Puppies don't want to hurt each other and, if one is hurt, it will yipe and withdraw, ending the play session and, therefor, teaching the other pup to be more careful with his or her jaws. They will teach themselves bite inhibition on dogs.

I agree with letting them play as they are learning very important lessons about how strong their jaws are. You don't want an adult dog that has poor bite inhibition because all dogs CAN bite. If your dog ends up being that dog (for whatever reason), you want him or her to be aware of the strength of his or her jaws and produce minimal damage.

Also, at this time, you should be teaching the pups bite inhibition on humans. Dr. Ian Dunbar has an excellent protocol for it:
http://www.jersey.net/~mountaindog/berner1/bitestop.htm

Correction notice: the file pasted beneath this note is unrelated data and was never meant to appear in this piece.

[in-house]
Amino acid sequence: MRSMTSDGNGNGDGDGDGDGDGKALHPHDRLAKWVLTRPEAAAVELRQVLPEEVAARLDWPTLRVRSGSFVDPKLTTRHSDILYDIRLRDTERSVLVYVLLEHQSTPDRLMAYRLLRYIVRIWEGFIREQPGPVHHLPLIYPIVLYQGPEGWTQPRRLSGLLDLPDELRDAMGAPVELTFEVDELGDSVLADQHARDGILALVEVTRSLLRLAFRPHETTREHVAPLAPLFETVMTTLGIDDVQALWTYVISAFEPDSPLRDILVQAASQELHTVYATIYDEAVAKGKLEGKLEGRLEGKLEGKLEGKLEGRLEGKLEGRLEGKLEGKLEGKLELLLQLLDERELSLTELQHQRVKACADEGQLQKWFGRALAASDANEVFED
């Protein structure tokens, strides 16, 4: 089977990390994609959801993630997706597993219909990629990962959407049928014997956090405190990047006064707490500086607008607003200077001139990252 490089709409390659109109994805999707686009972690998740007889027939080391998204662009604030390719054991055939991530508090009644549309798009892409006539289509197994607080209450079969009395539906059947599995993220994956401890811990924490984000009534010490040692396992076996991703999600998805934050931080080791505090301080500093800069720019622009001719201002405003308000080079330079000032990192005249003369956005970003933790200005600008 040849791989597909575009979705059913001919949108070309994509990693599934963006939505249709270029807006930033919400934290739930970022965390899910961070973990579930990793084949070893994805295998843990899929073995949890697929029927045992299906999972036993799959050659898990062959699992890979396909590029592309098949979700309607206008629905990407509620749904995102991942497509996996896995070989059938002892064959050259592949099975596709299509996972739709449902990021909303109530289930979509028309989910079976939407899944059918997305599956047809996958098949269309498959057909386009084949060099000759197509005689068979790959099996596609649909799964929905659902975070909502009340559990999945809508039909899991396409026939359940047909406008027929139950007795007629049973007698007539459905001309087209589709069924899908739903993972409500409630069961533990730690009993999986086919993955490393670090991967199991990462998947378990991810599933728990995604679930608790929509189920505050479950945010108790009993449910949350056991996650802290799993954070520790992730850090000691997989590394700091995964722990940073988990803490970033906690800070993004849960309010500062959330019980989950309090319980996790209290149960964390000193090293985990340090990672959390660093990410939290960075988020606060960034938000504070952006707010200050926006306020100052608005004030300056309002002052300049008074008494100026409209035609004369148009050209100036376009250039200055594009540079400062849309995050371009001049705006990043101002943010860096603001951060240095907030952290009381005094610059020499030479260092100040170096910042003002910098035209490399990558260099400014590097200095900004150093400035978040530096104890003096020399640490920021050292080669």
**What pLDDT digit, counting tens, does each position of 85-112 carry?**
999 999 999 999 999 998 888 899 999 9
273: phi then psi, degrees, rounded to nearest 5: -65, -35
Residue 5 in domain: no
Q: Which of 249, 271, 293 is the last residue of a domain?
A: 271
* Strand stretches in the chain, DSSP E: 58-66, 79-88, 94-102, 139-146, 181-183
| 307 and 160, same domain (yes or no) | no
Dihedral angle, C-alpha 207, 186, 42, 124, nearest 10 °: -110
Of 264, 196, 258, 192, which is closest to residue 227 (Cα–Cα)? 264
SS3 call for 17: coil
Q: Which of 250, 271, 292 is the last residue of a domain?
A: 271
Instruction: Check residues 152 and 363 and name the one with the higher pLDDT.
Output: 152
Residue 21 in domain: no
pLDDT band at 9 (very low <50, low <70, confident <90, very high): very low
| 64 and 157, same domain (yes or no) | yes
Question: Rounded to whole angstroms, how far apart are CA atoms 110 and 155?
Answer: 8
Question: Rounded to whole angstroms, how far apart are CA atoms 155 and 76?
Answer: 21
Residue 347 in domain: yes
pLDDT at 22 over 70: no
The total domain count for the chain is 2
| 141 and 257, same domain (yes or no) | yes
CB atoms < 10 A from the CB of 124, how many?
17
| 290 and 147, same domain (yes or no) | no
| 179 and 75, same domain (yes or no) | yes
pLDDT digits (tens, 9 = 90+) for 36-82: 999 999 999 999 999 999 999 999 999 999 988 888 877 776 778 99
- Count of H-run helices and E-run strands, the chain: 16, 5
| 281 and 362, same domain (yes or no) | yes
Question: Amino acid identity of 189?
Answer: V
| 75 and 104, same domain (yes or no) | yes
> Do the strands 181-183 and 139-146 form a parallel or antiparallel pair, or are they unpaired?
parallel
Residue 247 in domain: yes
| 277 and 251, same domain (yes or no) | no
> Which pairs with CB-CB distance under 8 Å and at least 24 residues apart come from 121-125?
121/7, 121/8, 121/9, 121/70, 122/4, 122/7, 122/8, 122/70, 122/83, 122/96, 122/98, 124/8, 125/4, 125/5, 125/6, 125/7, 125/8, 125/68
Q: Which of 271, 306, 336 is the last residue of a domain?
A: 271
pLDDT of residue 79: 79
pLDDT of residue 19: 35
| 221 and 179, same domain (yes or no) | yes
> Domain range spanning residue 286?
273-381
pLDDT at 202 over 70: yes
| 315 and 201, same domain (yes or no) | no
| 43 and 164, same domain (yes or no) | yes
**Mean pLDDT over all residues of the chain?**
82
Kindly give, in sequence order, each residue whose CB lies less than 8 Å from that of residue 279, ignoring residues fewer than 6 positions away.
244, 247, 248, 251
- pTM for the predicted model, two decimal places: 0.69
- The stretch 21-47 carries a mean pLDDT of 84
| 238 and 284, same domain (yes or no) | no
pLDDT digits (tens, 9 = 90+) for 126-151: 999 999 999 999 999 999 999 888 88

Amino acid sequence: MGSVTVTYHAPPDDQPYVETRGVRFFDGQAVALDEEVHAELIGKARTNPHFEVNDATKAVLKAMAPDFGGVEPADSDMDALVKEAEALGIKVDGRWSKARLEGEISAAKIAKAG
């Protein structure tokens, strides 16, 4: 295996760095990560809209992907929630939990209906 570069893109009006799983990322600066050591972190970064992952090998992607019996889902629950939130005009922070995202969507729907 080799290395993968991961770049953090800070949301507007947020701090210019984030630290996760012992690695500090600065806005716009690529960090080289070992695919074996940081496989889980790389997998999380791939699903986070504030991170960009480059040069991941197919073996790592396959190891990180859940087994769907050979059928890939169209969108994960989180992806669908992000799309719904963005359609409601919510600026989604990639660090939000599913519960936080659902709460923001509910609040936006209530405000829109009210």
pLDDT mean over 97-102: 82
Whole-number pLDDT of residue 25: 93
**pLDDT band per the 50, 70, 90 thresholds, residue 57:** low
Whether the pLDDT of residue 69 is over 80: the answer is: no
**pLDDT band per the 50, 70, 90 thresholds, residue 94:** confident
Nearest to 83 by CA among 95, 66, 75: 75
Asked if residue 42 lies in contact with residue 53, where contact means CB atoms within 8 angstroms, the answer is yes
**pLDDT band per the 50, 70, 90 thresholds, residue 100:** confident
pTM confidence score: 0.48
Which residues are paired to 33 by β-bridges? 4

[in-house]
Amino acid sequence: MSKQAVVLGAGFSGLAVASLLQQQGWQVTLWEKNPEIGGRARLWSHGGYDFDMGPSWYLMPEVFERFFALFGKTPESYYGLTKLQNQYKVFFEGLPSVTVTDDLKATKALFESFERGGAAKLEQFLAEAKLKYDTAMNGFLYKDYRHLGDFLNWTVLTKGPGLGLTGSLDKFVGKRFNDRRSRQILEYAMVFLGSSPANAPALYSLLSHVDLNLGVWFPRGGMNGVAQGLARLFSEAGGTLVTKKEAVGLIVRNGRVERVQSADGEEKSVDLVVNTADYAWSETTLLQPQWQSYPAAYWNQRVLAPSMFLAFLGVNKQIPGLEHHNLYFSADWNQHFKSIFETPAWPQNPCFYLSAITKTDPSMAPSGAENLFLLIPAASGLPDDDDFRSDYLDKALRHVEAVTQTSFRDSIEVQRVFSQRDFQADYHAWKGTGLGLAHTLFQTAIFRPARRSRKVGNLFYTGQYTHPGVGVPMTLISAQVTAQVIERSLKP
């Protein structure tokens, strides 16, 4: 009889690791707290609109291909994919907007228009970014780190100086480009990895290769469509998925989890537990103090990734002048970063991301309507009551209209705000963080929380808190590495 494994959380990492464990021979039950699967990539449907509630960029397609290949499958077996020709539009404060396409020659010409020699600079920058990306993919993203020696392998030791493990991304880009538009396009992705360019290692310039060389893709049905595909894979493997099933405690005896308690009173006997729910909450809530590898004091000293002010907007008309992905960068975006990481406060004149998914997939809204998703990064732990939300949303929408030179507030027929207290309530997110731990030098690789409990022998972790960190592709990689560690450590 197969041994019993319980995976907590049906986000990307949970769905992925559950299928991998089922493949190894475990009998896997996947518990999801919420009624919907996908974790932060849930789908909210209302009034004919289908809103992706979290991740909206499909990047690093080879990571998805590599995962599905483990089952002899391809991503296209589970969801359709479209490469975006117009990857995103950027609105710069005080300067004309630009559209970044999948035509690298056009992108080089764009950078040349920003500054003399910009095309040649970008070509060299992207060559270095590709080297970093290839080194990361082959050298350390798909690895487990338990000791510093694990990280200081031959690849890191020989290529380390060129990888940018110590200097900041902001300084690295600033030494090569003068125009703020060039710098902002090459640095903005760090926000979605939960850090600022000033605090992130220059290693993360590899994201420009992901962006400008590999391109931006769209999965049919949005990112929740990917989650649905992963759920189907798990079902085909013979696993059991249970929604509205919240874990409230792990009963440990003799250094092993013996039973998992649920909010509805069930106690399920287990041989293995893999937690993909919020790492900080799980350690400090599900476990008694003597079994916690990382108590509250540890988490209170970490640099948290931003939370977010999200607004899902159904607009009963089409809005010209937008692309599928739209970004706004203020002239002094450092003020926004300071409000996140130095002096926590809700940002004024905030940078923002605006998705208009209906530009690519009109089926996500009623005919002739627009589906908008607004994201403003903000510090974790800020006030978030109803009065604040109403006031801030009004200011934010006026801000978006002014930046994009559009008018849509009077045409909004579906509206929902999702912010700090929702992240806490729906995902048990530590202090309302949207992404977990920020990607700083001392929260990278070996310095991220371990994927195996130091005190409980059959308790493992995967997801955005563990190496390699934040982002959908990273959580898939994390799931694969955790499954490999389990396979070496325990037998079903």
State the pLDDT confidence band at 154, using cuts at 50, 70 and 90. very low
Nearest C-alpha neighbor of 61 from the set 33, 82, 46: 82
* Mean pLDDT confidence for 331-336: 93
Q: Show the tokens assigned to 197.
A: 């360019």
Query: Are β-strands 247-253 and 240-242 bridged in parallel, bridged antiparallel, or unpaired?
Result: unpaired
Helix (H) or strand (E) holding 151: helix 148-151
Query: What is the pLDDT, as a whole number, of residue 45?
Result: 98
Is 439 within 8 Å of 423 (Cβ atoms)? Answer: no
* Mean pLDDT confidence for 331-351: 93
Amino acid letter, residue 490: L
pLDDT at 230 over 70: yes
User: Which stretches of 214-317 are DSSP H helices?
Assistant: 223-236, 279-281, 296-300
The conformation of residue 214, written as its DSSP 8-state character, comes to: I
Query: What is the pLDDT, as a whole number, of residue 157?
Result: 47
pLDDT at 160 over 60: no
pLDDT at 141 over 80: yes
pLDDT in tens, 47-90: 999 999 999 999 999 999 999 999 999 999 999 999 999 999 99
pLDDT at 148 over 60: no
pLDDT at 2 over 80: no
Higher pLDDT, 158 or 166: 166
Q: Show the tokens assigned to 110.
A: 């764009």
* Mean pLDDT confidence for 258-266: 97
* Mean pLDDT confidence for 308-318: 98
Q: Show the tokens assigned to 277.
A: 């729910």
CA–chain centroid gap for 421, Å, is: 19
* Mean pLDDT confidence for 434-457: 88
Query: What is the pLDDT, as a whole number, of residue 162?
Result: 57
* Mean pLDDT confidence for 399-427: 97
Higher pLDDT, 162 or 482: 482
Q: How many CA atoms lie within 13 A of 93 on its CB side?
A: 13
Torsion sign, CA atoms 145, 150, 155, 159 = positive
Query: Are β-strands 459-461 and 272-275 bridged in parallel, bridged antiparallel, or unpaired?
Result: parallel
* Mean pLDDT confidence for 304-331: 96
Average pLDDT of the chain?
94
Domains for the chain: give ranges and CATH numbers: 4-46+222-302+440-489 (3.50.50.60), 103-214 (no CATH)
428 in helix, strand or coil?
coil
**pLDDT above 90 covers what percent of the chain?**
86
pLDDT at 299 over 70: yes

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Old 11-08-2006, 10:50 PM   #10
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im having a problem where my chihuahua mix is being to rough and wont stop when i move him away. he keeps on coming and fighting with my 2month old german shepherd king. my german shepherd plays fine and all but the chihuahua mix just keeps trying to pin him and bites him on his mouth and eyes then when my other dog leaves cause it hurts him he chases him and pulls him by his tail...this has got so overhand that we have to keep them seperated and when they are together we have to keep one the chihuahua with us cause he will just go and bite him hard... i want them to be able to play do you know what i can do?